British drama series following generations of two families.
10 episodes of 60 minute duration. Granada Television 1967
Set against the background of the development of the textile industry 'Inheritance' was a novel written by Dr. Phyllis Bentley and although the TV series adopted the same title it was, in fact, based on this and two subsequent novels ('The Rise of Henry Morcar' and 'A Man of His Time') which revolved around the fortunes of the Oldroyds of Annotsfield, a Yorkshire mill-owning family, through five generations.
'Inheritance' became one of the most ambitious television serials ever attempted when it reached the screens in 1967. The story covered 153 trouble-torn years from the Luddite riots of 1812 to the death of Sir Winston Churchill in 1965.
To get realism for the series, the studios recreated a woollen mill, complete with working machinery and furnaces, staged bomb-torn battle scenes and sent a train with 18th century coaches toppling over a railway embankment.
John Thaw, James Bolam and Michael Goodliffe were the stars. Thaw played the menfolk of the Oldroyd family up to the age of 35. Then Goodliffe took over to play the older men in the same family. Bolam played the menfolk of the Bamforths, who violently oppose the Oldroyds. Between them, the three actors played 15 parts.
The first episode of 'Inheritance' told the story of desperate opposition to the earliest forms of automation. "Cropping" the cloth had always been done by handshears. Then old Will Oldroyd, the mill owner hears of a blacksmith who claims to have invented a cropping machine which will cut down time and speed up production. More important to the workers, fewer croppers will be needed. The men protest, but Will is determined. He orders his first machines.
The workers decide to fight - kill if need be - for their only livelihood. The war is on, with no holds barred.
A plot to wreck the machines as they are being delivered fails. The croppers are furious, and a second ambush is planned. But this time the target is human...Will Oldroyd himself. In the first episode Michael Goodliffe played Will Oldroyd and John Thaw played his son, young Will, who urges his father to be more cautious in his plans for modernisation. James Bolam played Joe Bamforth, one of Oldroyd's workers, a young man in the mill whose sympathy for the croppers leads him to join the Luddites. Joe is torn between loyalty to his employers and his sister (played by Thelma Whitley) who wants to keep him out of trouble, and loyalty to his workmates at the mill and the Luddite oath he swore.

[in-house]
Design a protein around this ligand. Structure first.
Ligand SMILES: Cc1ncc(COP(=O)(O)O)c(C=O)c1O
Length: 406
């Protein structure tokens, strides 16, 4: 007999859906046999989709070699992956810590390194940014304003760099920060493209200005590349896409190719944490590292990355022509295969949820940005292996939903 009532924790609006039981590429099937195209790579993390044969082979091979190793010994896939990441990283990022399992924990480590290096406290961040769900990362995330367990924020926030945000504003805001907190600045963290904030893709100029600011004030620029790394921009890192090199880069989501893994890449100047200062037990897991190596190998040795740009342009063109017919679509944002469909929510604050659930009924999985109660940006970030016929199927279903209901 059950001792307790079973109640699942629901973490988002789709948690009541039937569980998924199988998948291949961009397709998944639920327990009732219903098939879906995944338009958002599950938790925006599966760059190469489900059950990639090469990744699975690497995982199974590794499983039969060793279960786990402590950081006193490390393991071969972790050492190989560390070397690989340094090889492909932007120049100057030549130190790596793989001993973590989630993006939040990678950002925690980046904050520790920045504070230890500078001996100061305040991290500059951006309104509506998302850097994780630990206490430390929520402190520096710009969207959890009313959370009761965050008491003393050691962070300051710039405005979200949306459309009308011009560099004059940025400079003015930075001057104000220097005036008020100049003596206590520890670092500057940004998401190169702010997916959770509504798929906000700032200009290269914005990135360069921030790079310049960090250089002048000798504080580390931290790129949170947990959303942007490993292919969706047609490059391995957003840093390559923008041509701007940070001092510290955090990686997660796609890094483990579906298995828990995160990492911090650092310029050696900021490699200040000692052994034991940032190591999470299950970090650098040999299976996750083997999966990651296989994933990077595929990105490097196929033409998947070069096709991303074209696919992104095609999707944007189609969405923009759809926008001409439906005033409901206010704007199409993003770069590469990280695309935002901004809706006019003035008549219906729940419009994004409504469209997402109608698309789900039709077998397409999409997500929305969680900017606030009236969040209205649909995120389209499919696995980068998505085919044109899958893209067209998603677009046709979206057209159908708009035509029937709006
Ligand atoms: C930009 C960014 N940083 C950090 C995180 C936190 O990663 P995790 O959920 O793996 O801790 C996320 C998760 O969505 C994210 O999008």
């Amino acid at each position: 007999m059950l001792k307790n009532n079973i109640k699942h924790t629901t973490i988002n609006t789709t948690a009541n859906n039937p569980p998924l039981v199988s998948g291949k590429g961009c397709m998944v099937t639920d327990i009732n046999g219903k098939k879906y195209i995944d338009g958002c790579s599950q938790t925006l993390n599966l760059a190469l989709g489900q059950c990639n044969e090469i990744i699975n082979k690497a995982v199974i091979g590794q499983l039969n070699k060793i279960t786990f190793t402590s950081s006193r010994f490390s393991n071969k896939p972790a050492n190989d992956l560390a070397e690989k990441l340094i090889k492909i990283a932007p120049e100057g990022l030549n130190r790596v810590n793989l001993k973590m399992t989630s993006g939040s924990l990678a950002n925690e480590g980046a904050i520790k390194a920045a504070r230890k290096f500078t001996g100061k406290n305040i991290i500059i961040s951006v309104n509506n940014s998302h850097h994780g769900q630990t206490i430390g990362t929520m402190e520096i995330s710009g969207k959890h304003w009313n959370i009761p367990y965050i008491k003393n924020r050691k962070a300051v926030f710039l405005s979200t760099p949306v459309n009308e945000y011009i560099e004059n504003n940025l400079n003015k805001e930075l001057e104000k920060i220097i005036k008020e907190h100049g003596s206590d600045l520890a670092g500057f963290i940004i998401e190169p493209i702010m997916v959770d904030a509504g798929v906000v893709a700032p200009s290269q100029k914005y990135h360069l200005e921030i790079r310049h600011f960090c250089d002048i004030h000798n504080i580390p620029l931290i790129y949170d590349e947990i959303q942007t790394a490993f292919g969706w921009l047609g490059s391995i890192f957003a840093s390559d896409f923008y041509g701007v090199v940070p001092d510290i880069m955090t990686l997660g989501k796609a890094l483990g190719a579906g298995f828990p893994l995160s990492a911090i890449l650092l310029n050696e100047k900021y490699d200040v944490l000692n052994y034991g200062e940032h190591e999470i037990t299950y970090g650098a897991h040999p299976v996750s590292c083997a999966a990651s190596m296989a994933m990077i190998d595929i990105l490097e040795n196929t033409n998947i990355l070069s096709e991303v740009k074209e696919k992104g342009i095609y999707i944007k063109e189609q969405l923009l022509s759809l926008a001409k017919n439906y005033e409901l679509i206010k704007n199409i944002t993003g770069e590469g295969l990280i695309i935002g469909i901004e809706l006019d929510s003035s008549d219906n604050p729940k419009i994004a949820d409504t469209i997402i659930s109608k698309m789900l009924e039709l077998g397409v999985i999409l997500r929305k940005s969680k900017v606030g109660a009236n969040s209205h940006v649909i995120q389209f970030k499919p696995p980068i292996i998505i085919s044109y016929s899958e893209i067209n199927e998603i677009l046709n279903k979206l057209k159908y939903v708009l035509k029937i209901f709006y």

The series was shot on location in the West Riding of Yorkshire, on the bitterly cold, windswept Pennine moors around the Calder Valley mills and down narrow streets of the millworkers' stone cottages. Sites weren't too difficult to find, for many of the dismal little two-up-and-two-down cottages were still there. Electric street lighting was replaced by gas lighting and tell-tale TV aerials were removed from roofs. In one episode, the production team had to recreate the 1915 World War I Battle of the Somme, in France. They built a second Somme battlefield - this time just outside Wigan, Lancashire. More than 60 actors took part in specially dug trenches for the battle scenes.
In a 1967 TV Times article, Phyllis Bentley told how she came to write the novel: "In December, 1930, I read D. F. E. Sykes' "History of Huddersfield." My mother had known D. F. E. Sykes in Huddersfield in his youth. She had often told me how this brilliant boy, at prize-givings in the Huddersfield Grammar School, was summoned over and over again to the platform to receive medals and prizes.
It was these memories which attracted me to his book, and my reading of it was a crucial incident. For in it I came across the story of the Luddites, the workmen, who in 1812, resented and resisted the coming of the new power-run cropping frames. At once I felt that this concerned me.
The years 1811 and 1812 had held the same atmosphere of wretched unemployment, manufacturers' struggle, mutual hostility, which the West Riding was experiencing in 1930.
Then, as now, there had been no attempt at rational discussion or adjustment. The results in 1812, of armed assault, murder, trial and hanging were frightening indeed. The results in 1931 were going to be frightful, too.
Now I knew that my novel must tell the story of the West Riding textile trade people from 1812 until the troubled year of 1931.
During the first three months of writing the book, I still remained uncertain of exactly what I was trying to say in it. But one day when I was being driven up to Wensleydale for a few days holiday, I commented to my driver on the usefulness of the device of a white line down the centre of roads, which was then a novelty to me.
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"Who invented it?" I asked. The man didn't know. After a moment he expressed his regret for this. "It seems a shame to forget who it was when he's done so much for us," he said.
This was a key remark for me. After thinking about it for a few days the point of the book became clear to me. The name of the white-line inventor may be forgotten, but his invention lives on; one's actions, good or bad, always live on; they pass invariably down as an inheritance from one generation to another.
This decency and integrity, courage and compassion, were always worth while; they were not lost, but passed down the generations; we are always the heirs of the past and beggetters of the future ages. It will be seen that this thought is the meaning of the title 'Inheritance.' It is not material wealth which is meant, but a spiritual heritage."
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